No, it isn't something you put on sushi. Wabi-sabi is a Japanese philosophy relating to concepts of beauty and grace in culture and nature. Traced back to writings in the 13th century, and with many links to Shinto Buddhism, it has been described as the beauty of things "imperfect, impermanent and incomplete."
Wabi-sabi comprises many ideas. Wabi means transient and stark beauty and sabi refers to the beauty of natural patina and aging. This is linked to the concept of transience which is fundamental to the Buddhist philosophy. Wabi-Sabi cherishes beginnings and endings, and the evidence of changes that occur with the passing of time. It prefers to show a flower in bud or in decay rather than in full bloom. It cherishes the dent in a table, the wrinkles on a hand or the crack in a vase.
Zen philosophy is also linked to the concept of wabi-sabi. The primary Zen aesthetic principles listed below form the basis for Japanese garden design, famous the world over for it's beauty and serenity. They are also seen as virtues of human character to be cultivated.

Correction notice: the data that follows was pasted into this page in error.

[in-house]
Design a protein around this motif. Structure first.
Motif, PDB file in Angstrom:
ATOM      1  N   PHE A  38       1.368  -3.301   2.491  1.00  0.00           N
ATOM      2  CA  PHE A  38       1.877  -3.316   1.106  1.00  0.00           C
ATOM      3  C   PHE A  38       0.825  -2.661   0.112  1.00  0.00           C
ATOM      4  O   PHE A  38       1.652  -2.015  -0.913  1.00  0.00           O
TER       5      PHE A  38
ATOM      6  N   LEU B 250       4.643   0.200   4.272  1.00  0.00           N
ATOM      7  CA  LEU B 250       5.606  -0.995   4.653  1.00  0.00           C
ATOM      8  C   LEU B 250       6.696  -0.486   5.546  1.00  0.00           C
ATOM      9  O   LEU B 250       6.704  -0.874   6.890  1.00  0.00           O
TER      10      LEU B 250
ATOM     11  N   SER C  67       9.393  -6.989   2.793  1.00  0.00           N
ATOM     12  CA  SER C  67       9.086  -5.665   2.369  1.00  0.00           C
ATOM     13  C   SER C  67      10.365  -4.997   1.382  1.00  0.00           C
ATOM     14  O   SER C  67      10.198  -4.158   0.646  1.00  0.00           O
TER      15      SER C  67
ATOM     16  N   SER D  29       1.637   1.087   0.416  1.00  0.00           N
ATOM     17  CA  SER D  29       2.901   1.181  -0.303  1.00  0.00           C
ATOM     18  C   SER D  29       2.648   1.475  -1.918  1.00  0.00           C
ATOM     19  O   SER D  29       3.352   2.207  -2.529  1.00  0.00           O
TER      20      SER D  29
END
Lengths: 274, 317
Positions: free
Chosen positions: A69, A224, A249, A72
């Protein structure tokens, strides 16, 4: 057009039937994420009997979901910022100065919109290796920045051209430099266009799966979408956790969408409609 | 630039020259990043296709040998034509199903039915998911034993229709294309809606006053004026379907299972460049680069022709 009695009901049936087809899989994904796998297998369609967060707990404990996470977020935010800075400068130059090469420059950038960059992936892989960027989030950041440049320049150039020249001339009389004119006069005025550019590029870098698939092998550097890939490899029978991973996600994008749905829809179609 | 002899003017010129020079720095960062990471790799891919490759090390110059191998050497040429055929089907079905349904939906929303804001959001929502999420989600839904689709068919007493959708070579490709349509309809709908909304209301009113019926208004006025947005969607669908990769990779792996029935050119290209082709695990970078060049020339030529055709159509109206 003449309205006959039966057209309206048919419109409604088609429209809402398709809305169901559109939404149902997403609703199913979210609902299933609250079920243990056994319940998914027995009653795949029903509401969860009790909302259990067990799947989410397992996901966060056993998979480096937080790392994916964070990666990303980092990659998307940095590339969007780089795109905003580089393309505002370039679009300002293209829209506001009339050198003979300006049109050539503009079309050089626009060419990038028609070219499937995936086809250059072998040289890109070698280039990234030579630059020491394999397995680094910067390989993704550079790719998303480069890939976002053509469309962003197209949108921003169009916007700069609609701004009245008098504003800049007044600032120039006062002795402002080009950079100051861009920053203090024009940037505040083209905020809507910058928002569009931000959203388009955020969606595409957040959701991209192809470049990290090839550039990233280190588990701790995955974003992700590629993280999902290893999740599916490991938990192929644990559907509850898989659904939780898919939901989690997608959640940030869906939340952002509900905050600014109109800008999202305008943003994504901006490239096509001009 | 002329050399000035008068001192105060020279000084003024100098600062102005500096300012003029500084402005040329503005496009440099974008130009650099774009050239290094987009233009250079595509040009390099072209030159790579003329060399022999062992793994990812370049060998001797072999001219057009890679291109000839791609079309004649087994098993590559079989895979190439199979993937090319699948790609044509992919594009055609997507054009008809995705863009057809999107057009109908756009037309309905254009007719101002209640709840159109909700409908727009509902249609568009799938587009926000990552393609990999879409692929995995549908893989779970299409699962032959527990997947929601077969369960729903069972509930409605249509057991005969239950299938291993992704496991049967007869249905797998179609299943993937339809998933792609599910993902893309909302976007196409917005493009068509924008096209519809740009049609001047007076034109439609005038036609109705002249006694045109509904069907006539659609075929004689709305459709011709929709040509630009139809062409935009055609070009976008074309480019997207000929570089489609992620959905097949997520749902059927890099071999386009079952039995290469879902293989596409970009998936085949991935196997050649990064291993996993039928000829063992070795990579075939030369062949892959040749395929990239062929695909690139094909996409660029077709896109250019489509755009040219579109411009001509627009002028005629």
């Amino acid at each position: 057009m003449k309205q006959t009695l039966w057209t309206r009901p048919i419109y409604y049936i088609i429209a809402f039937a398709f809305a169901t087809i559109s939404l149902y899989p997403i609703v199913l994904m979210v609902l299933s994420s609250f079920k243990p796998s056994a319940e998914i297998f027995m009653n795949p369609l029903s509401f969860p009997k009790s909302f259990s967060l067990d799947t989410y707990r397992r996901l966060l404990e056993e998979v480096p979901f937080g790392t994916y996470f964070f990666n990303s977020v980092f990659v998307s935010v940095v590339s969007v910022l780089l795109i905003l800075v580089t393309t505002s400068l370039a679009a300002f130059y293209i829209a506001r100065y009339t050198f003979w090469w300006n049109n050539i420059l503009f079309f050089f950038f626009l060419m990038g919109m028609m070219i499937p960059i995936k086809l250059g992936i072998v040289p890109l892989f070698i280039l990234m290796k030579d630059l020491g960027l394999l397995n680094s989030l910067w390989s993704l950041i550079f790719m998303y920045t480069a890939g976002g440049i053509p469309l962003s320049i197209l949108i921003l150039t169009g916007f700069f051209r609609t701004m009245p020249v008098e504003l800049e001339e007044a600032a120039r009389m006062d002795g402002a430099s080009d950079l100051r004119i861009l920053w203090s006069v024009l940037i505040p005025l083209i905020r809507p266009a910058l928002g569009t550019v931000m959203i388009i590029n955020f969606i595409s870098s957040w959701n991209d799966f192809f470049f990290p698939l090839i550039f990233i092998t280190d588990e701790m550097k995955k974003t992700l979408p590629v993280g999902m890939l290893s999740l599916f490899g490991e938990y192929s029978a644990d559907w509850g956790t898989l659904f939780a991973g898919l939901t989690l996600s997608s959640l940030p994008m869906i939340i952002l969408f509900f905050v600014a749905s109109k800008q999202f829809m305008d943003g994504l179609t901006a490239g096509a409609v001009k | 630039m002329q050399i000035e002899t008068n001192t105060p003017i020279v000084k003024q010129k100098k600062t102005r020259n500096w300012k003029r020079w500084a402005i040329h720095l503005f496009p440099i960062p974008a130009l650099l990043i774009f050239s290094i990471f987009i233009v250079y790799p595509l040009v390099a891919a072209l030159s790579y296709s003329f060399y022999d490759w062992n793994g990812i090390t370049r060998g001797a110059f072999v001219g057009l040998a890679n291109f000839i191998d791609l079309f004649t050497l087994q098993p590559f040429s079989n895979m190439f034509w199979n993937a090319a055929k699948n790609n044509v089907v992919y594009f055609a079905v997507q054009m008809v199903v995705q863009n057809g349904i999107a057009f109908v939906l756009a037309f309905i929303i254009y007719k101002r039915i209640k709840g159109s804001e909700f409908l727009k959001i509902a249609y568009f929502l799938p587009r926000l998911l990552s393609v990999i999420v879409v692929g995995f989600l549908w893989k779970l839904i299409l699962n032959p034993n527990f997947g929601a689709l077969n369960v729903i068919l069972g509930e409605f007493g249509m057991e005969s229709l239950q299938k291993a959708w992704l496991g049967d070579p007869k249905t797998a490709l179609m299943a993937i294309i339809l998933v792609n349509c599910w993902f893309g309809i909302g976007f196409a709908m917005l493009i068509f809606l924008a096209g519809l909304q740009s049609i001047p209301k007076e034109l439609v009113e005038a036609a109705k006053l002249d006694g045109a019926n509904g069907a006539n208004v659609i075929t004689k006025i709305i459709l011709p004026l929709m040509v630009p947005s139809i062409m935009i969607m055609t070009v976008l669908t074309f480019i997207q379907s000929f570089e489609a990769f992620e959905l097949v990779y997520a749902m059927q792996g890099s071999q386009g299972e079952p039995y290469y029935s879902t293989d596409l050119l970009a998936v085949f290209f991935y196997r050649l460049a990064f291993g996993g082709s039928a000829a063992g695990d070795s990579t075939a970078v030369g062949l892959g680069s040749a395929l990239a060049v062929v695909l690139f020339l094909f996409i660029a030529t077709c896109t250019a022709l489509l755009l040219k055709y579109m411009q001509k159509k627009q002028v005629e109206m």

Fukinsei: asymmetry, irregularity;
Koko: basic, weathered;
Shizen: without pretense, natural;
Yugen: subtly profound grace, not obvious;
Datsuzoku: unbounded by convention, free;
Seijaku: tranquility, stillness.
Sounds lovely, doesn't it?
The concept of Yugen is one that I had come across separately. It has been described as "an awareness of the universe that triggers emotional responses too deep and powerful for words." I don't know about you but that is exactly how natural beauty and great art affect me. These profound emotional experiences allow us to transcend the trivial and mundane, and tap into something greater than ourselves, evoking a sense of humility and wonder.
But what I like most about wabi-sabi is the celebration of imperfection. Got a tumble-down fence? Mismatched china? Dust accumulating on the window sills? Just nod your head with an inscrutable smile and murmur "ah yes, wabi-sabi."
If you type yugen or wabi-sabi into a search engine you will find plenty of fascinating articles and images related to the topic. I've added one link to a garden site that explores the Zen aesthetic principles.